(9.) It follows also that there is ground for perfect confidence, love, and submission to His Divine will in all things. That is: If His will is not arbitrary, but conformed to the law of His infinite intelligence, then it is obligatory as our rule of action, because it reveals infallibly what is in accordance with infinite intelligence. We may be entirely safe always in obeying all the Divine requirements, and in
submitting to all his dispensations, however mysterious, being assured that they are perfectly wise and good. Not only are we safe in doing so, but we are under infinite obligation to do so, not because His arbitrary will imposes obligation, but because it reveals to us infallibly the end we ought to choose and the indispensable means of securing it. His will is law, not in the sense of its originating and imposing obligation of its own arbitrary sovereignty, but in the sense of its being a revelation of both the end we ought to seek and the means by which the end can be secured. Indeed this is the only proper idea of law. It does not in any case of itself impose obligation, but is only a revelation of obligation. Law is a condition, but not the foundation of obligation. The will of God is a condition of obligation only so far forth as it is indispensable to our knowledge of the end we ought to seek, and the means by which this end is to be secured. Where these are known, there is obligation whether God has revealed his will or not.
The foregoing and many other important truths, little less important than those already mentioned, and too numerous to be now distinctly noticed, follow from the fact that the good of being and not the arbitrary will of God, is the foundation of moral obligation. But no one of them is or can be true if His will is the foundation of obligation. Nor can any one who consistently holds or believes that His will is the foundation of obligation, hold or believe any of the foregoing truths, nor indeed hold and believe any truth of the law or gospel. Nay, he cannot, if he be at all consistent, have even a correct conception of one truth of God's moral governNow let us see if he can.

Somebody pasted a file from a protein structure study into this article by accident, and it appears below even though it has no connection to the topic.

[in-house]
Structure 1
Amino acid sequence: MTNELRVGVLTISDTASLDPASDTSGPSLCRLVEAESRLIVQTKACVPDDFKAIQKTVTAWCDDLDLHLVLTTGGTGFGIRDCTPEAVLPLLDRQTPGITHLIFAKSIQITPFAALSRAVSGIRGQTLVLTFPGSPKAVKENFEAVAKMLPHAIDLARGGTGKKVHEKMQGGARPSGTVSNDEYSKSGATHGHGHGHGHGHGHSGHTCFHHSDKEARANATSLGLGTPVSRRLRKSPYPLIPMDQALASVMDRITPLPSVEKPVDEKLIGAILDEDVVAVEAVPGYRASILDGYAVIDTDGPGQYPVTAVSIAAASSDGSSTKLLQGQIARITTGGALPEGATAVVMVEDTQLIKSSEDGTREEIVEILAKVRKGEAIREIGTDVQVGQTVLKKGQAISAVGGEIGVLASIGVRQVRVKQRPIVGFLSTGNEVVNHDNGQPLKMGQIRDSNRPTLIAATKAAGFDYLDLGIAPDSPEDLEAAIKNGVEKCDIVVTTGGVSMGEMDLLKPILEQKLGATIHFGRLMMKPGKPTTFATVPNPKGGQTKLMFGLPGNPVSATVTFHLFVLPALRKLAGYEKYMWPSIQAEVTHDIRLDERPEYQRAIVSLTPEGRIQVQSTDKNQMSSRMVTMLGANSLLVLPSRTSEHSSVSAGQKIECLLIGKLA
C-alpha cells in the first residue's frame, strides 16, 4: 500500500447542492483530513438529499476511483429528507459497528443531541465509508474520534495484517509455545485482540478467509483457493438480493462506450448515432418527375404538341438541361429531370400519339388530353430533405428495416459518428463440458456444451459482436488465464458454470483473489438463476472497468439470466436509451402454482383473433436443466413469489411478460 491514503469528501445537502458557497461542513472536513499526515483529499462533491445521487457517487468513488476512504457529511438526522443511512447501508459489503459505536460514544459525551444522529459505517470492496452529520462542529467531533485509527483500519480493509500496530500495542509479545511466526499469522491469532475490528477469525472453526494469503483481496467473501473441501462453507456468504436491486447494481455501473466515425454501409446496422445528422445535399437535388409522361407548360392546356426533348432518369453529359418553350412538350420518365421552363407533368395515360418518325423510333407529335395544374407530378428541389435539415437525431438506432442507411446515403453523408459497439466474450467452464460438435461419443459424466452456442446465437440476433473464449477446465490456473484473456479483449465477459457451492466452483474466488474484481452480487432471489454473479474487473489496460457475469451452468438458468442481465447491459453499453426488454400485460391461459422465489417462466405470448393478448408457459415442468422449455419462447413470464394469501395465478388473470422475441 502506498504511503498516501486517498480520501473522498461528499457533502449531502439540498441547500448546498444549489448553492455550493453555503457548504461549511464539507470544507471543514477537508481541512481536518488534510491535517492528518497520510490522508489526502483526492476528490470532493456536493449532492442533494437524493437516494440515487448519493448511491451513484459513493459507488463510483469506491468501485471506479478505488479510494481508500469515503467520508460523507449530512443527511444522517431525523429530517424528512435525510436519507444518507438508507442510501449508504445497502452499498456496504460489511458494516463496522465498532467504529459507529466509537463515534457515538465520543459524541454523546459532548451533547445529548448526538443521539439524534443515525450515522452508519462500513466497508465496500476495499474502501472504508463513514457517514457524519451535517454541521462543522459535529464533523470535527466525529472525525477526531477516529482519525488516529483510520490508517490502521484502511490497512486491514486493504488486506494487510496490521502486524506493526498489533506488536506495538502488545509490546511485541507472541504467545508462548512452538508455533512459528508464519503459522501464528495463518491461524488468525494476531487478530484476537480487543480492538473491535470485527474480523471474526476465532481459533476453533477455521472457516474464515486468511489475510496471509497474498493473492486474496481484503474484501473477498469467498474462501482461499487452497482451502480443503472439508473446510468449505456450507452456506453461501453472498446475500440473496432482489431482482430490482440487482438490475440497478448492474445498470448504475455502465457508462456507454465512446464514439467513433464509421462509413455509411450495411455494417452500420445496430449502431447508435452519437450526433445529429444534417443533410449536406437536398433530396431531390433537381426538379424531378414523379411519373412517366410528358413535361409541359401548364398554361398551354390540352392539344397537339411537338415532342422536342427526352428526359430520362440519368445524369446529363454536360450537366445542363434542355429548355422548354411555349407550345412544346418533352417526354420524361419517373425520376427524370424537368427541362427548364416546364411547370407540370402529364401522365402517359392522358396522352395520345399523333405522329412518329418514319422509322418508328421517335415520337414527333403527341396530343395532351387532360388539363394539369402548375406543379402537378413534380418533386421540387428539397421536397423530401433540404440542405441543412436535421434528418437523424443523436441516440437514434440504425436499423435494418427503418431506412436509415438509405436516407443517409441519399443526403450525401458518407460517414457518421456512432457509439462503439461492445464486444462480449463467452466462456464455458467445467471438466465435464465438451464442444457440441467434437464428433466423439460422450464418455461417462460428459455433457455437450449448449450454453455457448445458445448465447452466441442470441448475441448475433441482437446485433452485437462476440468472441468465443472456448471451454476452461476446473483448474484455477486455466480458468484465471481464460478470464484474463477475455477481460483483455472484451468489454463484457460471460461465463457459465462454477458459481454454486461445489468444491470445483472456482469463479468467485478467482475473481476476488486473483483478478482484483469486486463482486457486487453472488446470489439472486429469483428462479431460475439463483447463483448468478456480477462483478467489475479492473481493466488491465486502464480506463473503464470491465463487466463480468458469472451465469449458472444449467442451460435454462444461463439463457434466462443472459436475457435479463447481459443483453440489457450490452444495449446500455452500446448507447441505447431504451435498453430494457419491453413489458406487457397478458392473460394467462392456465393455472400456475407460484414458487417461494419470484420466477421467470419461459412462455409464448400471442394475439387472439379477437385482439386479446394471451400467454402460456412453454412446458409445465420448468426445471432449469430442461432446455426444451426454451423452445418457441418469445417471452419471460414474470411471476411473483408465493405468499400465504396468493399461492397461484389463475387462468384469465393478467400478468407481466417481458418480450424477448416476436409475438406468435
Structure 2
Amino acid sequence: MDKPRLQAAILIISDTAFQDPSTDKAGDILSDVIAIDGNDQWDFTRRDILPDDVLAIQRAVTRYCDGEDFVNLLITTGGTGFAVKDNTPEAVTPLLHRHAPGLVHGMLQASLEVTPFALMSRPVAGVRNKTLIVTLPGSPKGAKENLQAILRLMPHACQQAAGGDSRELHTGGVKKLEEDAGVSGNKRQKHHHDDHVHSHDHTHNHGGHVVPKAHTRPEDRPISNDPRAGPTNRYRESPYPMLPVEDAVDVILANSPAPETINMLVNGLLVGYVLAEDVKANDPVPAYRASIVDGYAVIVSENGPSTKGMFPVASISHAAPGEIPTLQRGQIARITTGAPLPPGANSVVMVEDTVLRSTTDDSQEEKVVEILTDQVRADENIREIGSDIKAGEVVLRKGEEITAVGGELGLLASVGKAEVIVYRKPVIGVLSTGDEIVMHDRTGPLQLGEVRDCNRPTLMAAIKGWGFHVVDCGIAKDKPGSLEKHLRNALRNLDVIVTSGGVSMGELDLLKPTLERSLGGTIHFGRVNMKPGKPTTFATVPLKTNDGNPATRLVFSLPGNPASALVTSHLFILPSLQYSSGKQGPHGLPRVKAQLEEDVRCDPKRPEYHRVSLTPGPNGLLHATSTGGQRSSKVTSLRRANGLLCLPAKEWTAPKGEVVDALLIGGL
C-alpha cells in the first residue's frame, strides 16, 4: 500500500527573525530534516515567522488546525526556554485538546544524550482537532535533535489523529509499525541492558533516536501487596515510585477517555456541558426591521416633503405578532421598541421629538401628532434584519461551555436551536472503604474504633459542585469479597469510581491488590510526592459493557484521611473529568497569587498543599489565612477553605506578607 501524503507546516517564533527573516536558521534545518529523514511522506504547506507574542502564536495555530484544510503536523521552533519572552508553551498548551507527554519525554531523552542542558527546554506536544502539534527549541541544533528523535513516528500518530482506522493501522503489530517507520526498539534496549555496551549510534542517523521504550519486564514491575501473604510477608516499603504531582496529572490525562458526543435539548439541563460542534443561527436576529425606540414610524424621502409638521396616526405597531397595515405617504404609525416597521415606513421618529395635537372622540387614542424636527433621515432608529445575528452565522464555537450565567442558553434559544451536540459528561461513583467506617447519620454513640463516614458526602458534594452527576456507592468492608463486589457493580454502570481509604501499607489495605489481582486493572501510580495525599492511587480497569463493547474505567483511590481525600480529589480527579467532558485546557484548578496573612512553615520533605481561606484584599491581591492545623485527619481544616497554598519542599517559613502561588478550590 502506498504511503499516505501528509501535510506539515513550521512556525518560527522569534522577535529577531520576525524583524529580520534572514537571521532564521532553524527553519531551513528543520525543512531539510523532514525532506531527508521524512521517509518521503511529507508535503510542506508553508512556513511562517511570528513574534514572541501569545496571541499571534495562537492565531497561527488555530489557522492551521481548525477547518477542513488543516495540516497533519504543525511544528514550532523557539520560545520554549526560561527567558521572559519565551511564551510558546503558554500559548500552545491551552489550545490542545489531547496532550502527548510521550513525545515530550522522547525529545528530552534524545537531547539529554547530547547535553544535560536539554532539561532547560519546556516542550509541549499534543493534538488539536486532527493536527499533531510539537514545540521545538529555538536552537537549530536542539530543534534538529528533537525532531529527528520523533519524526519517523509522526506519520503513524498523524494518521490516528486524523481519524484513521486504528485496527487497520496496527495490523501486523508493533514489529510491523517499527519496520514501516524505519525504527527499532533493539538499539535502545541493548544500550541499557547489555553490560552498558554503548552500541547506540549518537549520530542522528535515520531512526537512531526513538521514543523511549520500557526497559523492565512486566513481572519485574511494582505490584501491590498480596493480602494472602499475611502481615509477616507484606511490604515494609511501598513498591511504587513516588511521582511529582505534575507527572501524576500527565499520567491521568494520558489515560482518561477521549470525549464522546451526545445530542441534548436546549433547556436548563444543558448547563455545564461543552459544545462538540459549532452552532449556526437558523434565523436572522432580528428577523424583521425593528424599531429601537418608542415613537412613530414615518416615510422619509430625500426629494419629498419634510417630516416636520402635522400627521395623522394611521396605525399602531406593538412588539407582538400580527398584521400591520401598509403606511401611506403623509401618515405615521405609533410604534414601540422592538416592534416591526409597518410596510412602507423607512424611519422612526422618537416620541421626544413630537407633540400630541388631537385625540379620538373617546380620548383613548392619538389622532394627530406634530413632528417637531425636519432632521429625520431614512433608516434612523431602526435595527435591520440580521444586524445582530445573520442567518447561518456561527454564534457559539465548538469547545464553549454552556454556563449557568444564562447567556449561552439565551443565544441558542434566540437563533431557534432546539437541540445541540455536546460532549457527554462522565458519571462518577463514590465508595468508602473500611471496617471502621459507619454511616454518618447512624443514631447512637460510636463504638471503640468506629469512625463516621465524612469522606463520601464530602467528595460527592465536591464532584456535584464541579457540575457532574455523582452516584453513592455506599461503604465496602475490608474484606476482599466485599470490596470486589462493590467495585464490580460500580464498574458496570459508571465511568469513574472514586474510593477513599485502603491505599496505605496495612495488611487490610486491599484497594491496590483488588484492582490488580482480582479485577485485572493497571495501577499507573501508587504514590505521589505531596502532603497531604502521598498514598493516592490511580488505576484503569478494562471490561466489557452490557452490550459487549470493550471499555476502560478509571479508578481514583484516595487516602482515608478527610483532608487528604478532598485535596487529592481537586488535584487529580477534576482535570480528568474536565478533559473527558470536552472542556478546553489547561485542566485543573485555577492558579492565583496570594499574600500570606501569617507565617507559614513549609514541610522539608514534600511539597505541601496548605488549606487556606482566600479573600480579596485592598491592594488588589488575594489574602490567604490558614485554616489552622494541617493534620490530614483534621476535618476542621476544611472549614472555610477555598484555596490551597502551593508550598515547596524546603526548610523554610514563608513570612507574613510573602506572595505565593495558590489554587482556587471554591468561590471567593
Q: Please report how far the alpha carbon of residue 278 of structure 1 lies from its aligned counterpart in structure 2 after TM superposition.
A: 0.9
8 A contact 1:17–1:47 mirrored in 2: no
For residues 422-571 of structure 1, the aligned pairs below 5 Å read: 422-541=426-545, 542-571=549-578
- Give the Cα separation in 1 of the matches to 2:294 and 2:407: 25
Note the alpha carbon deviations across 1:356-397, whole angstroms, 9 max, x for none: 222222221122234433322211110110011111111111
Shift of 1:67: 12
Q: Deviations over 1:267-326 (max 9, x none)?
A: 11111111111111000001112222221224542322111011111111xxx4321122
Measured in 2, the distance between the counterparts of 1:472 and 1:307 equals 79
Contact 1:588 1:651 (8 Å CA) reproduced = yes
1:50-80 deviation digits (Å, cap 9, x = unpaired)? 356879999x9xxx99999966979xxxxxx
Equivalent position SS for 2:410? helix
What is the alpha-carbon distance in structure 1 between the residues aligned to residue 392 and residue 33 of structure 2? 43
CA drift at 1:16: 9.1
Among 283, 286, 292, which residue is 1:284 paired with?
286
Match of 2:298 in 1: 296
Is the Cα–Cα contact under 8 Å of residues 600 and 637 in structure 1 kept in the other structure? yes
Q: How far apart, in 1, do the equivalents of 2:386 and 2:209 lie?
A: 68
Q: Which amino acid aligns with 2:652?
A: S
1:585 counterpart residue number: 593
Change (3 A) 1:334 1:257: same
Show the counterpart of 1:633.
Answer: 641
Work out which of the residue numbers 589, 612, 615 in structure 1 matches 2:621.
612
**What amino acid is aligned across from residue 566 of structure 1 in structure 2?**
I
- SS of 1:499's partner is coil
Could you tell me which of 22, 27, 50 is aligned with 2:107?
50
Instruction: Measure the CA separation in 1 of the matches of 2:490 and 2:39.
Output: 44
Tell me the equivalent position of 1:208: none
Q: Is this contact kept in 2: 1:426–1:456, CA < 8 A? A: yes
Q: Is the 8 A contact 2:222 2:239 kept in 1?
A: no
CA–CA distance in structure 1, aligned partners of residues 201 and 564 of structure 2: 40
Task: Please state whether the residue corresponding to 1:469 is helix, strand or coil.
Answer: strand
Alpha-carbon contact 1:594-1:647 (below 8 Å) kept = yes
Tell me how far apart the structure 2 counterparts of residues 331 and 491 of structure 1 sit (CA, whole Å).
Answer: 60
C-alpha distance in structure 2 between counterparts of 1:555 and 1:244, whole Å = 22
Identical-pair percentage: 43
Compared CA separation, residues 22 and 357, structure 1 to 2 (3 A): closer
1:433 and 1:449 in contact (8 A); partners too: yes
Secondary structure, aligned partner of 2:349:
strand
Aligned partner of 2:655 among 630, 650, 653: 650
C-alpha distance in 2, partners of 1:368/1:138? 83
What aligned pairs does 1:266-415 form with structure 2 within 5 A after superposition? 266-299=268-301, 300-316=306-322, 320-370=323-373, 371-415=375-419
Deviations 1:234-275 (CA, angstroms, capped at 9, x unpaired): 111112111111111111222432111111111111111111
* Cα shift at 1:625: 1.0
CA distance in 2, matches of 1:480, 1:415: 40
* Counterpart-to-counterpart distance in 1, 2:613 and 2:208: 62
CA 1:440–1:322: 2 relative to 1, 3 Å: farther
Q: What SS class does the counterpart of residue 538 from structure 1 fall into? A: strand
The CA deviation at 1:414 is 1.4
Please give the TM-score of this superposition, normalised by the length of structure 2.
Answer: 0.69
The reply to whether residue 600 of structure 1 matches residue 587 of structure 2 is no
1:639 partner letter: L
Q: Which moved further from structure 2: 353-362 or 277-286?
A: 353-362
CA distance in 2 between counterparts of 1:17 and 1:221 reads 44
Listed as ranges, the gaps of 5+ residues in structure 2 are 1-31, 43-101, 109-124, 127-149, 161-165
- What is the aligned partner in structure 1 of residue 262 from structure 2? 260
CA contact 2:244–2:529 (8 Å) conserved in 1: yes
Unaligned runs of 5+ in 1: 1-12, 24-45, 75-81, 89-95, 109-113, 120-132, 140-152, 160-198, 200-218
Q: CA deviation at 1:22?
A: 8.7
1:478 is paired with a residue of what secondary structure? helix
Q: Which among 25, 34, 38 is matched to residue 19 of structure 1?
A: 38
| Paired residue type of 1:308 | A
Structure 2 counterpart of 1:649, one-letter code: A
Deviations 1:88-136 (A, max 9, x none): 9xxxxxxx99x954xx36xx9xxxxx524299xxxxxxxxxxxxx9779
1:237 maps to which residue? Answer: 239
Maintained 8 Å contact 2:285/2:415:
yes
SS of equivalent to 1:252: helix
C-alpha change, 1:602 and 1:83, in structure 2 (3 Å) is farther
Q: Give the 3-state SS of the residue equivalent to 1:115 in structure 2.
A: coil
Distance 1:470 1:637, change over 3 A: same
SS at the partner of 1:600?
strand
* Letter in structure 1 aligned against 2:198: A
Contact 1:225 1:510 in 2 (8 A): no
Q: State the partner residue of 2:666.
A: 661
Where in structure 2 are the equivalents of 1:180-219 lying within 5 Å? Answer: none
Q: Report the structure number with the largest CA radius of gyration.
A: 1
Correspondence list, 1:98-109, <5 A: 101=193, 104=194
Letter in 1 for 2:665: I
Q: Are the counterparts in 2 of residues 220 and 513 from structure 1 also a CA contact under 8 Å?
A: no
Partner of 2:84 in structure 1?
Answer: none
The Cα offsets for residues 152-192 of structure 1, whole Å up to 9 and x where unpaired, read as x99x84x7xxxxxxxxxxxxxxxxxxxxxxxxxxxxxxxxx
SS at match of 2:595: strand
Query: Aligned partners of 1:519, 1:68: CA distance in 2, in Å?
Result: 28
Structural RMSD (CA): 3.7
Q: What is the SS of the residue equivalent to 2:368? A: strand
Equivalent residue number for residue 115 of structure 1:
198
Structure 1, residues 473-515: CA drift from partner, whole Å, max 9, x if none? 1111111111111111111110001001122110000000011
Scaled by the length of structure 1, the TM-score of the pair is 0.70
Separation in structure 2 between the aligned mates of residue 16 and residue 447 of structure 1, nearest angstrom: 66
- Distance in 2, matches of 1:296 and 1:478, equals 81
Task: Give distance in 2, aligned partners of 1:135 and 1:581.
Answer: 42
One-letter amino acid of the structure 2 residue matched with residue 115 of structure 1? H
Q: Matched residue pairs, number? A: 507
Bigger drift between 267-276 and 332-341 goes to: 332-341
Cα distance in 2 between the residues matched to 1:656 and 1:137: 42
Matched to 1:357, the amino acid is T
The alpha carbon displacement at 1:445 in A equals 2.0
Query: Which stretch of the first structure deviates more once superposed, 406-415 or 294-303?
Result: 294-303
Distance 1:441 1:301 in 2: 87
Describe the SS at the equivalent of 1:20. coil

(1.) Can he believe that God's will is wise and good unless he admits and believes that it is subject to the law of His intelligence. Certainly he can not, and to affirm that he can is a palpable contradiction. But if he admits that the Divine will is governed by the law of the Divine intelligence this is denying that His will is the foundation of moral obligation. If he consistently holds that the Divine will is the foundation of moral obligation, he must either deny that His will is any evidence of what is wise and good, or maintain the absurdity that whatever God wills is wise and good, simply for the reason that God wills it, that if he willed the directly opposite of what he does, it would be equally wise and good. But this is an absurdity the swallowing of which would choke a moral agent to death.
(2.) If he consistently holds and believes that God's sovereign will is the foundation of moral obligation, he can not regard Him as having any moral character, for the reason that there is no standard by which to judge of His willing and acting; for, by the supposition, he has no intelligent rule of action, and therefore can have no moral character as he is not a moral agent, and can himself have no idea of the moral character of his own actions, for in fact, upon the supposition in question, they have none. Any one, therefore, who holds that God is not a subject of moral law, imposed on Him by His own reason, but on the contrary that His sovereign will is the foundation of moral obligation, must, if consistent, deny that He has moral character; and he must deny that God is an intelligent being, or admit that He is infinitely wicked for not conforming His will to the law of His intelligence, and for not being guided by his infinite reason instead of setting up an arbitrary sovereignty of will.
(3.) He who holds that God's sovereign will is the foundation of moral obligation instead of a revelation of obligation, if he be at all consistent, can neither assign nor have any good reason either for confidence in Him or submission to Him. If He has no good and wise reasons for what He commands, why should we obey Him? If He has no good and wise reasons for what he does, why should we submit to Him?